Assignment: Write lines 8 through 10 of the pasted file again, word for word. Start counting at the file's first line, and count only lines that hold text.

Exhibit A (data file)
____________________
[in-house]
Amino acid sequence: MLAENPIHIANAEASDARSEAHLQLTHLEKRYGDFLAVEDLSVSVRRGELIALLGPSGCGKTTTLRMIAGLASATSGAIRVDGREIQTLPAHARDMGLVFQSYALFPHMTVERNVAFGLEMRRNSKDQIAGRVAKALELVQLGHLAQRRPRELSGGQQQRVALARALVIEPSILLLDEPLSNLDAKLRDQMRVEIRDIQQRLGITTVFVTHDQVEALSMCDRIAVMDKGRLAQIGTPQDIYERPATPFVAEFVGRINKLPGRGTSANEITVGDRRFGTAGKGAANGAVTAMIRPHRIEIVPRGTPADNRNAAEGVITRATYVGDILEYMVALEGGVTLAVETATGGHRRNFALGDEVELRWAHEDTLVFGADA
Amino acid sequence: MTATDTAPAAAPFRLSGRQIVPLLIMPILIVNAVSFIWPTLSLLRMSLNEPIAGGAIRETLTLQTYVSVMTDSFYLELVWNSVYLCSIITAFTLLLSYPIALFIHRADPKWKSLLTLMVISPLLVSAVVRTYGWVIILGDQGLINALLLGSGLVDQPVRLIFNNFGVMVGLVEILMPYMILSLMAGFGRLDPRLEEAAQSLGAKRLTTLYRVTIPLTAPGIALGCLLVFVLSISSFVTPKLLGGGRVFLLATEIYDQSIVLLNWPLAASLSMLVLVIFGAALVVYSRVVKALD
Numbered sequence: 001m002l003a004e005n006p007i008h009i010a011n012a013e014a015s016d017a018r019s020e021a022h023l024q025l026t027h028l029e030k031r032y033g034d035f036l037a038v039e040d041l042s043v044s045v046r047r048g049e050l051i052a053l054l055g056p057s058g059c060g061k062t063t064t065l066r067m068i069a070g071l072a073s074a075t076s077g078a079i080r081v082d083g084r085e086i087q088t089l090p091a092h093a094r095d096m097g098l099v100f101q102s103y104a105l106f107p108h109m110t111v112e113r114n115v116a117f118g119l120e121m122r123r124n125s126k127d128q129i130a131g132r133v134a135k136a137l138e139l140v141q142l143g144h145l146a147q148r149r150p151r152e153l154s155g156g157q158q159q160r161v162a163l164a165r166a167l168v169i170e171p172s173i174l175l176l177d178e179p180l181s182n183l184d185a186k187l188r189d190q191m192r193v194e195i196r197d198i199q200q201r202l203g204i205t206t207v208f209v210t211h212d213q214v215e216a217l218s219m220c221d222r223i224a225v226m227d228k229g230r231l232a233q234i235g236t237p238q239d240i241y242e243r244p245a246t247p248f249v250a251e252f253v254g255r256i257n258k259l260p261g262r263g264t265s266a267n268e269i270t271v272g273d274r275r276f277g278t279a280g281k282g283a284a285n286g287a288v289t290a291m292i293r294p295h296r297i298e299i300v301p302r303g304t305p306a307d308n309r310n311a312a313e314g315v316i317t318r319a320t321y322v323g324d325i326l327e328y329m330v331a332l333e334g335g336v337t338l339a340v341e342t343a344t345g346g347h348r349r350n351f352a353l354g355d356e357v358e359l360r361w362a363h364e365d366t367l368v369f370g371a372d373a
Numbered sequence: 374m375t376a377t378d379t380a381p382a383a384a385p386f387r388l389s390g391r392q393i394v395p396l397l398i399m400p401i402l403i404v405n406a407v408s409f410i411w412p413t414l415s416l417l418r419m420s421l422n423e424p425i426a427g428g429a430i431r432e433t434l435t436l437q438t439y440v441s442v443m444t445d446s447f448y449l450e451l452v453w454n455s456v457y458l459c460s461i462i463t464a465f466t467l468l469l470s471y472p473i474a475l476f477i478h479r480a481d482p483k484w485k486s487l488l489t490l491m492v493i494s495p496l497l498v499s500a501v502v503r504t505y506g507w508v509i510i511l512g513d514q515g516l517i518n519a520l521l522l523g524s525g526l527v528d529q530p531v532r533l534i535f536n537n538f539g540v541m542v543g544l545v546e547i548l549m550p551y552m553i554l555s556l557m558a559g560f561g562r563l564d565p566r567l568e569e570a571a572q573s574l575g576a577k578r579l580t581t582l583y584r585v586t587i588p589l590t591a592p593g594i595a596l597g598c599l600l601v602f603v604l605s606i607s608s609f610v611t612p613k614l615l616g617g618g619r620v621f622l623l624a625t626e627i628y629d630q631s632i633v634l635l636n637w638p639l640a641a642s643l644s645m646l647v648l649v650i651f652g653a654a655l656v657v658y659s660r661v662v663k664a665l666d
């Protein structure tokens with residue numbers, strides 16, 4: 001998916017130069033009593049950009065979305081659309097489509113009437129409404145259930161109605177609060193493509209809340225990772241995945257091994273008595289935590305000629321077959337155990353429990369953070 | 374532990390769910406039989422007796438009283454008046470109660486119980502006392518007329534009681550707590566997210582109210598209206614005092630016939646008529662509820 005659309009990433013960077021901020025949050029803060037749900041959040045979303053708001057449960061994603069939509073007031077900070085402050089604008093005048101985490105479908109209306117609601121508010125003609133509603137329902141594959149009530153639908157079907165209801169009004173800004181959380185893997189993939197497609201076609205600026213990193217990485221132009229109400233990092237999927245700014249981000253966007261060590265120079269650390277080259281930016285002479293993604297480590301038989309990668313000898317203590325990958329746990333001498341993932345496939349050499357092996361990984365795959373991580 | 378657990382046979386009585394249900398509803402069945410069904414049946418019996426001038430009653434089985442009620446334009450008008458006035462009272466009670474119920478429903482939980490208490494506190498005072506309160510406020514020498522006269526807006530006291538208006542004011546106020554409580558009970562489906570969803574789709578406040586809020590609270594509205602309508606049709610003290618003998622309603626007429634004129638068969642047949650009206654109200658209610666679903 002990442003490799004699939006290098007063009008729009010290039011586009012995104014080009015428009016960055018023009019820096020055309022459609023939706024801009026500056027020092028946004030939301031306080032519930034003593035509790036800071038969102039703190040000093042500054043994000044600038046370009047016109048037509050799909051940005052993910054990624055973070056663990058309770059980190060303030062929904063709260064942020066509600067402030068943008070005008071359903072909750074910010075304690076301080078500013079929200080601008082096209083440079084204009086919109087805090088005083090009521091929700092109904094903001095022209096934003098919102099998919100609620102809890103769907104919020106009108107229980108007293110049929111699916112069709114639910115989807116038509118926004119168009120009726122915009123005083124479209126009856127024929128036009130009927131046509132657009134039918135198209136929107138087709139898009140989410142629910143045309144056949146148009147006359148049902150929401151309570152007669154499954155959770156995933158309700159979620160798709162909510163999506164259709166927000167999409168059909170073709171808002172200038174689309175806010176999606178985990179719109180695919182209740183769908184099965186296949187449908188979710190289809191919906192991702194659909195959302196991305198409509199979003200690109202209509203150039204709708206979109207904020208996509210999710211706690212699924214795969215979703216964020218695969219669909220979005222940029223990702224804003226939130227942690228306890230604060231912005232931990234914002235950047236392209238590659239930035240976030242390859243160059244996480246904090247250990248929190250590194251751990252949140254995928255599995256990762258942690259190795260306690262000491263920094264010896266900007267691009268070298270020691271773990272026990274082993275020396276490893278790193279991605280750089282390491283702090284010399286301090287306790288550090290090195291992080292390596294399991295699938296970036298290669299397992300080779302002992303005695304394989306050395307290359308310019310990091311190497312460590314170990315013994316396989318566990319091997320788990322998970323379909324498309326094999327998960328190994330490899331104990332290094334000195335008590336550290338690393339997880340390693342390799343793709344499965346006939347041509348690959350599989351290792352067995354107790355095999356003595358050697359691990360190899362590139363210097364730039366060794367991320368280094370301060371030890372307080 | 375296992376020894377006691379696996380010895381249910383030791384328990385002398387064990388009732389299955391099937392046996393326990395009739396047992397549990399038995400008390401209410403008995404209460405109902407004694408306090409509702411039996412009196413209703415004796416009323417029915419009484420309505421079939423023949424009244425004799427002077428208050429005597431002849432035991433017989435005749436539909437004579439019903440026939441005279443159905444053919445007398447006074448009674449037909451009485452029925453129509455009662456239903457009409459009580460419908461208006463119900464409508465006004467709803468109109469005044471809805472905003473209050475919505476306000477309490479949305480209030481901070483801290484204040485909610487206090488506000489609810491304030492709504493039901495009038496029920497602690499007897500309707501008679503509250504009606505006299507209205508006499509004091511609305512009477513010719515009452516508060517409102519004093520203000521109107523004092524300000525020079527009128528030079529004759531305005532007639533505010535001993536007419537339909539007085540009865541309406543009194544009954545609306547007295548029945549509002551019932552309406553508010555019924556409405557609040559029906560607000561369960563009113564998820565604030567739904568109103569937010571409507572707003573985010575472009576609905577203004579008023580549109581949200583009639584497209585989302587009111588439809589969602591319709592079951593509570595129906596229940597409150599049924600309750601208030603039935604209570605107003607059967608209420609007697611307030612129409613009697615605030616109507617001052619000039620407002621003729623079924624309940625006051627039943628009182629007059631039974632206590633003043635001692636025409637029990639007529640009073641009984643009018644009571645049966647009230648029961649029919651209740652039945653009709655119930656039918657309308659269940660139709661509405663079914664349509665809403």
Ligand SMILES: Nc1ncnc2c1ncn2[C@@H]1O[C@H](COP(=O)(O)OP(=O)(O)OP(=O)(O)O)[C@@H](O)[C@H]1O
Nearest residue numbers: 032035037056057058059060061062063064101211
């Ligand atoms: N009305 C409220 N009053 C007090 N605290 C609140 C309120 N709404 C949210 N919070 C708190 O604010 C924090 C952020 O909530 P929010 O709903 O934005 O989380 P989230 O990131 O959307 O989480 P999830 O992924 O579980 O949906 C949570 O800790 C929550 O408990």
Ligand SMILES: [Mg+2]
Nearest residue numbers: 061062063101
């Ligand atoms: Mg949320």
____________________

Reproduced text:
Nearest residue numbers: 032035037056057058059060061062063064101211
């Ligand atoms: N009305 C409220 N009053 C007090 N605290 C609140 C309120 N709404 C949210 N919070 C708190 O604010 C924090 C952020 O909530 P929010 O709903 O934005 O989380 P989230 O990131 O959307 O989480 P999830 O992924 O579980 O949906 C949570 O800790 C929550 O408990």
Ligand SMILES: [Mg+2]